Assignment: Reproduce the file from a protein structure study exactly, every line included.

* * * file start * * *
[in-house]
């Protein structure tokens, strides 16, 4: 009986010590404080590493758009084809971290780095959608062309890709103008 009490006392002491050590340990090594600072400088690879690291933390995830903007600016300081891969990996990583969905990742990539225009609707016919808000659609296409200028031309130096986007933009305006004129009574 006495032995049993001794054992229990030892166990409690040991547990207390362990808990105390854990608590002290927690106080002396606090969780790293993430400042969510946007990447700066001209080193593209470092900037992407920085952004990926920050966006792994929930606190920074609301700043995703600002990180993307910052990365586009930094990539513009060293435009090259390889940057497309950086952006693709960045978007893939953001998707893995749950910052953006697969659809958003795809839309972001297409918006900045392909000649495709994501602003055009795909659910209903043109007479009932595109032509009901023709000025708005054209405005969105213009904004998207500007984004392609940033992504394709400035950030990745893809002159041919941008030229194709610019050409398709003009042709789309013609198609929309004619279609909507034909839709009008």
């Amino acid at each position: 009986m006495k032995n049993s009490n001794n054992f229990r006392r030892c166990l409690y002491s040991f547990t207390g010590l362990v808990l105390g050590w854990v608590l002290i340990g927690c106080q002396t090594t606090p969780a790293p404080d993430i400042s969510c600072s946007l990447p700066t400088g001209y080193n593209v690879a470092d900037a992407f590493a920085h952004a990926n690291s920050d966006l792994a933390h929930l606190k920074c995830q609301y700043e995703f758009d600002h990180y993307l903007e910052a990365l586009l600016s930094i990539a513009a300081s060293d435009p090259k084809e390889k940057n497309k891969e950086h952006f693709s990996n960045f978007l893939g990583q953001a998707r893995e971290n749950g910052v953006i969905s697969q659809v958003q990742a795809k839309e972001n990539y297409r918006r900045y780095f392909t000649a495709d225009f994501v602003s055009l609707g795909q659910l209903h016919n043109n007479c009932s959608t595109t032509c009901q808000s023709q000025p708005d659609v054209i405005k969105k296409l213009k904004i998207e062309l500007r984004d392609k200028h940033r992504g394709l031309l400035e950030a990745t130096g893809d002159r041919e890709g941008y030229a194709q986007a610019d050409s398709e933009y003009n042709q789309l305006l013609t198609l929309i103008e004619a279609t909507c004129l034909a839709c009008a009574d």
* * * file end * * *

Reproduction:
[in-house]
């Protein structure tokens, strides 16, 4: 009986010590404080590493758009084809971290780095959608062309890709103008 009490006392002491050590340990090594600072400088690879690291933390995830903007600016300081891969990996990583969905990742990539225009609707016919808000659609296409200028031309130096986007933009305006004129009574 006495032995049993001794054992229990030892166990409690040991547990207390362990808990105390854990608590002290927690106080002396606090969780790293993430400042969510946007990447700066001209080193593209470092900037992407920085952004990926920050966006792994929930606190920074609301700043995703600002990180993307910052990365586009930094990539513009060293435009090259390889940057497309950086952006693709960045978007893939953001998707893995749950910052953006697969659809958003795809839309972001297409918006900045392909000649495709994501602003055009795909659910209903043109007479009932595109032509009901023709000025708005054209405005969105213009904004998207500007984004392609940033992504394709400035950030990745893809002159041919941008030229194709610019050409398709003009042709789309013609198609929309004619279609909507034909839709009008």
């Amino acid at each position: 009986m006495k032995n049993s009490n001794n054992f229990r006392r030892c166990l409690y002491s040991f547990t207390g010590l362990v808990l105390g050590w854990v608590l002290i340990g927690c106080q002396t090594t606090p969780a790293p404080d993430i400042s969510c600072s946007l990447p700066t400088g001209y080193n593209v690879a470092d900037a992407f590493a920085h952004a990926n690291s920050d966006l792994a933390h929930l606190k920074c995830q609301y700043e995703f758009d600002h990180y993307l903007e910052a990365l586009l600016s930094i990539a513009a300081s060293d435009p090259k084809e390889k940057n497309k891969e950086h952006f693709s990996n960045f978007l893939g990583q953001a998707r893995e971290n749950g910052v953006i969905s697969q659809v958003q990742a795809k839309e972001n990539y297409r918006r900045y780095f392909t000649a495709d225009f994501v602003s055009l609707g795909q659910l209903h016919n043109n007479c009932s959608t595109t032509c009901q808000s023709q000025p708005d659609v054209i405005k969105k296409l213009k904004i998207e062309l500007r984004d392609k200028h940033r992504g394709l031309l400035e950030a990745t130096g893809d002159r041919e890709g941008y030229a194709q986007a610019d050409s398709e933009y003009n042709q789309l305006l013609t198609l929309i103008e004619a279609t909507c004129l034909a839709c009008a009574d």